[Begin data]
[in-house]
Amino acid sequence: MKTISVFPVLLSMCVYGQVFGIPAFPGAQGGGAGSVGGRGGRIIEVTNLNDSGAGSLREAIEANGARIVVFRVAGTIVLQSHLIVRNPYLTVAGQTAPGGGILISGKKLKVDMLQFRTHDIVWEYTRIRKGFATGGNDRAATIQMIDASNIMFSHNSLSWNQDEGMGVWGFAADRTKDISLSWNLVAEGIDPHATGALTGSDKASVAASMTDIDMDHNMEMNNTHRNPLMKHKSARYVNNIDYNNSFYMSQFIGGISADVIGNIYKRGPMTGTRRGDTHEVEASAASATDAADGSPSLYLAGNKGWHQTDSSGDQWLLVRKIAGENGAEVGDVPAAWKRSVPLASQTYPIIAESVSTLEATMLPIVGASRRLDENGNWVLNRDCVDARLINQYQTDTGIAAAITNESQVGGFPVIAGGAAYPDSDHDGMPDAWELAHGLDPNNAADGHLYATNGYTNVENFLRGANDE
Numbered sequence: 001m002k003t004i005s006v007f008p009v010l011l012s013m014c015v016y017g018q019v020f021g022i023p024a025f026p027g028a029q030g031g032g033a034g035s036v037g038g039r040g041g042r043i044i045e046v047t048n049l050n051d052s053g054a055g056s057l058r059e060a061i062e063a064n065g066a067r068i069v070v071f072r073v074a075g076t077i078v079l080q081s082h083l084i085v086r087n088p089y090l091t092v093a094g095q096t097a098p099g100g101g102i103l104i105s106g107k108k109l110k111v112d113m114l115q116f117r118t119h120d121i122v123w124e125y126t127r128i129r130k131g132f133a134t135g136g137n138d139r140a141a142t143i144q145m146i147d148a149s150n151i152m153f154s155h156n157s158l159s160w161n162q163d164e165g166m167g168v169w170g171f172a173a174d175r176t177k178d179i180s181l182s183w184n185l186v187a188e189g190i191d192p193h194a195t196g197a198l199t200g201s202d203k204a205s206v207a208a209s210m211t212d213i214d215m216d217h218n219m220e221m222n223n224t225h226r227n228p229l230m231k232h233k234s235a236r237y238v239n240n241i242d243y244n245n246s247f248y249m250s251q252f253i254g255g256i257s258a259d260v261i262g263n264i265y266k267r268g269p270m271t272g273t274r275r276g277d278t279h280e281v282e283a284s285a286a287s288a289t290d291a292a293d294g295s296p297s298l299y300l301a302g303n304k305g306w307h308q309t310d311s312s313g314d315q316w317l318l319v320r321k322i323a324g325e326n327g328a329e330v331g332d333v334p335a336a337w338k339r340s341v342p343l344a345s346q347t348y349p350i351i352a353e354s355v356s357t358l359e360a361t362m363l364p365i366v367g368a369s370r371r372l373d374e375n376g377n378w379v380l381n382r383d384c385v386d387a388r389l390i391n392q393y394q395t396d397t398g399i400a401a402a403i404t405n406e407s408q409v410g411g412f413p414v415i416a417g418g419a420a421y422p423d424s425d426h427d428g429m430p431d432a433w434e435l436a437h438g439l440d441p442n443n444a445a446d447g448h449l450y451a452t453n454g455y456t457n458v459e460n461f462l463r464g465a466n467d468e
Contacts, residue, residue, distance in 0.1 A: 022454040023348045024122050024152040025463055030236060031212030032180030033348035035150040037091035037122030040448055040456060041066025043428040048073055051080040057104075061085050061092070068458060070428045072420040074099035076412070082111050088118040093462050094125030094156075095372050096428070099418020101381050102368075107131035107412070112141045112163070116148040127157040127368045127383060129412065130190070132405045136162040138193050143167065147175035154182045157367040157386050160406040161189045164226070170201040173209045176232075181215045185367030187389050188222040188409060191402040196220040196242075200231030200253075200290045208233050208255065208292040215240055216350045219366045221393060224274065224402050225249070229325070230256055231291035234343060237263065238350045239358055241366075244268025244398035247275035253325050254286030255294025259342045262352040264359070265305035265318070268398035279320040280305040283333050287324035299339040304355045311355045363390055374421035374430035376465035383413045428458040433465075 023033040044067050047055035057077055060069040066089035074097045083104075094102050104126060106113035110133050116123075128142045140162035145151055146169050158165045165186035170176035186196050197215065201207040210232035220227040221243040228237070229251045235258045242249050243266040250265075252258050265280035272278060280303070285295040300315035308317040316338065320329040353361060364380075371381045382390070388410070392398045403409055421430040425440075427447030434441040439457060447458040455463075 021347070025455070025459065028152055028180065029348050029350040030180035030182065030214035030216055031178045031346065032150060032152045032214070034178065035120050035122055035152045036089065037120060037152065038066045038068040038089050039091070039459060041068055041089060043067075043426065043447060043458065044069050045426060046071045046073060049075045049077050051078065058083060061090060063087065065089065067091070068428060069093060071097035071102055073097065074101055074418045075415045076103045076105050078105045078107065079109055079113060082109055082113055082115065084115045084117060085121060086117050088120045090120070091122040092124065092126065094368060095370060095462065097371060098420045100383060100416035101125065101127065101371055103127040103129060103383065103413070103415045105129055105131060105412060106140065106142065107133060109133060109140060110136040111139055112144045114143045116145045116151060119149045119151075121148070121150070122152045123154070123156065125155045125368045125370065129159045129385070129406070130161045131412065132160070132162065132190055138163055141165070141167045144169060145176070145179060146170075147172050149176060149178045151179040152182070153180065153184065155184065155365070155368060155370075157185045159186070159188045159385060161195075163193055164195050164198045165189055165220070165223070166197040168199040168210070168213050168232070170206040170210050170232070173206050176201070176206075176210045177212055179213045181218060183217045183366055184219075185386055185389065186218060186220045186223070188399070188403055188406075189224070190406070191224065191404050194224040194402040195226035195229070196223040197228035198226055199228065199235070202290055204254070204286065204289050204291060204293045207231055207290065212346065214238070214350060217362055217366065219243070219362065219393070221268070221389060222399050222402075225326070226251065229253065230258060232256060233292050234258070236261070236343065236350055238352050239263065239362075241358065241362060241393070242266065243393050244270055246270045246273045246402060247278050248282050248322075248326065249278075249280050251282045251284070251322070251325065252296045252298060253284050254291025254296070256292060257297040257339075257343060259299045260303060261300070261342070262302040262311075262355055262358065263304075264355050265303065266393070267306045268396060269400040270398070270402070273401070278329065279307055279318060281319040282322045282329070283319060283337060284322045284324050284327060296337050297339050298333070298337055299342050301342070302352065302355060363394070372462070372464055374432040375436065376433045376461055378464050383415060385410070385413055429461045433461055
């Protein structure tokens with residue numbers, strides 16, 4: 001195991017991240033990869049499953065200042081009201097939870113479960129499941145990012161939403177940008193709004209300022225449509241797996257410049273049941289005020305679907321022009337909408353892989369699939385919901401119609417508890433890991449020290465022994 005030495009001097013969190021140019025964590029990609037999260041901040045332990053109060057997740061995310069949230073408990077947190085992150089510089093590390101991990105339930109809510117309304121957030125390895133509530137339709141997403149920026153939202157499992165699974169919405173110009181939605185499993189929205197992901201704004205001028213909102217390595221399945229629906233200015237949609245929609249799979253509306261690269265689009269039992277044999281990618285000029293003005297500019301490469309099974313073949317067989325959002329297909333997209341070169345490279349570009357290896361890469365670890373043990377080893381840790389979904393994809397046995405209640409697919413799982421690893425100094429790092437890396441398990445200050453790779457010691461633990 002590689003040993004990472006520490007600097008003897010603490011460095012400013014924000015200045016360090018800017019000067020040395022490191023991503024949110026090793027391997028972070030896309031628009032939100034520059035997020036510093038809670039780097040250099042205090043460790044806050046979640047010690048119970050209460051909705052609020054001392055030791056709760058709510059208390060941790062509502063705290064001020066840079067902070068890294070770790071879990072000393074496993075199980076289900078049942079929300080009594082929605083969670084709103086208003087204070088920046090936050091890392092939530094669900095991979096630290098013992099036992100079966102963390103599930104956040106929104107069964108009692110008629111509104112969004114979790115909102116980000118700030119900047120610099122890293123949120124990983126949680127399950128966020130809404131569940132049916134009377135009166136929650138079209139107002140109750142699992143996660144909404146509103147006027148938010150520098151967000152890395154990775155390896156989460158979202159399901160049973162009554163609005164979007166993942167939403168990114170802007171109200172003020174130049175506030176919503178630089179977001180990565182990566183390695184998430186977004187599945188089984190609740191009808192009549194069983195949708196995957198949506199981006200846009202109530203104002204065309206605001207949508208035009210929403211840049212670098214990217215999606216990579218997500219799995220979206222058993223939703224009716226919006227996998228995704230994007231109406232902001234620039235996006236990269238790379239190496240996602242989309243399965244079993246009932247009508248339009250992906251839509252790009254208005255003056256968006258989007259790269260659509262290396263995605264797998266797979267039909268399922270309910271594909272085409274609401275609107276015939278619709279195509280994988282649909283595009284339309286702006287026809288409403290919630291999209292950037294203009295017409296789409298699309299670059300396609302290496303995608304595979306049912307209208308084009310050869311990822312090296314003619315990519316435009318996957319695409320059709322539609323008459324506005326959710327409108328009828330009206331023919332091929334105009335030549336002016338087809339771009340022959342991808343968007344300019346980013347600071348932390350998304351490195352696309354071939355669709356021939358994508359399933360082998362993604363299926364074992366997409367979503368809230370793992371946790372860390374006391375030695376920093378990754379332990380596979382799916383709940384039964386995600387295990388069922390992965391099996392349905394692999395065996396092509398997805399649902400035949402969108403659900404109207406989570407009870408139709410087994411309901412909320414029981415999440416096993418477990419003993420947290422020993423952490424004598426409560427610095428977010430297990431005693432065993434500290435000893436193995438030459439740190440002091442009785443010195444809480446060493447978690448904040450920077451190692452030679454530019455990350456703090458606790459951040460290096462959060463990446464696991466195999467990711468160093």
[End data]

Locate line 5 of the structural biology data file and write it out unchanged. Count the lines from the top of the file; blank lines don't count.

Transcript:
């Protein structure tokens with residue numbers, strides 16, 4: 001195991017991240033990869049499953065200042081009201097939870113479960129499941145990012161939403177940008193709004209300022225449509241797996257410049273049941289005020305679907321022009337909408353892989369699939385919901401119609417508890433890991449020290465022994 005030495009001097013969190021140019025964590029990609037999260041901040045332990053109060057997740061995310069949230073408990077947190085992150089510089093590390101991990105339930109809510117309304121957030125390895133509530137339709141997403149920026153939202157499992165699974169919405173110009181939605185499993189929205197992901201704004205001028213909102217390595221399945229629906233200015237949609245929609249799979253509306261690269265689009269039992277044999281990618285000029293003005297500019301490469309099974313073949317067989325959002329297909333997209341070169345490279349570009357290896361890469365670890373043990377080893381840790389979904393994809397046995405209640409697919413799982421690893425100094429790092437890396441398990445200050453790779457010691461633990 002590689003040993004990472006520490007600097008003897010603490011460095012400013014924000015200045016360090018800017019000067020040395022490191023991503024949110026090793027391997028972070030896309031628009032939100034520059035997020036510093038809670039780097040250099042205090043460790044806050046979640047010690048119970050209460051909705052609020054001392055030791056709760058709510059208390060941790062509502063705290064001020066840079067902070068890294070770790071879990072000393074496993075199980076289900078049942079929300080009594082929605083969670084709103086208003087204070088920046090936050091890392092939530094669900095991979096630290098013992099036992100079966102963390103599930104956040106929104107069964108009692110008629111509104112969004114979790115909102116980000118700030119900047120610099122890293123949120124990983126949680127399950128966020130809404131569940132049916134009377135009166136929650138079209139107002140109750142699992143996660144909404146509103147006027148938010150520098151967000152890395154990775155390896156989460158979202159399901160049973162009554163609005164979007166993942167939403168990114170802007171109200172003020174130049175506030176919503178630089179977001180990565182990566183390695184998430186977004187599945188089984190609740191009808192009549194069983195949708196995957198949506199981006200846009202109530203104002204065309206605001207949508208035009210929403211840049212670098214990217215999606216990579218997500219799995220979206222058993223939703224009716226919006227996998228995704230994007231109406232902001234620039235996006236990269238790379239190496240996602242989309243399965244079993246009932247009508248339009250992906251839509252790009254208005255003056256968006258989007259790269260659509262290396263995605264797998266797979267039909268399922270309910271594909272085409274609401275609107276015939278619709279195509280994988282649909283595009284339309286702006287026809288409403290919630291999209292950037294203009295017409296789409298699309299670059300396609302290496303995608304595979306049912307209208308084009310050869311990822312090296314003619315990519316435009318996957319695409320059709322539609323008459324506005326959710327409108328009828330009206331023919332091929334105009335030549336002016338087809339771009340022959342991808343968007344300019346980013347600071348932390350998304351490195352696309354071939355669709356021939358994508359399933360082998362993604363299926364074992366997409367979503368809230370793992371946790372860390374006391375030695376920093378990754379332990380596979382799916383709940384039964386995600387295990388069922390992965391099996392349905394692999395065996396092509398997805399649902400035949402969108403659900404109207406989570407009870408139709410087994411309901412909320414029981415999440416096993418477990419003993420947290422020993423952490424004598426409560427610095428977010430297990431005693432065993434500290435000893436193995438030459439740190440002091442009785443010195444809480446060493447978690448904040450920077451190692452030679454530019455990350456703090458606790459951040460290096462959060463990446464696991466195999467990711468160093």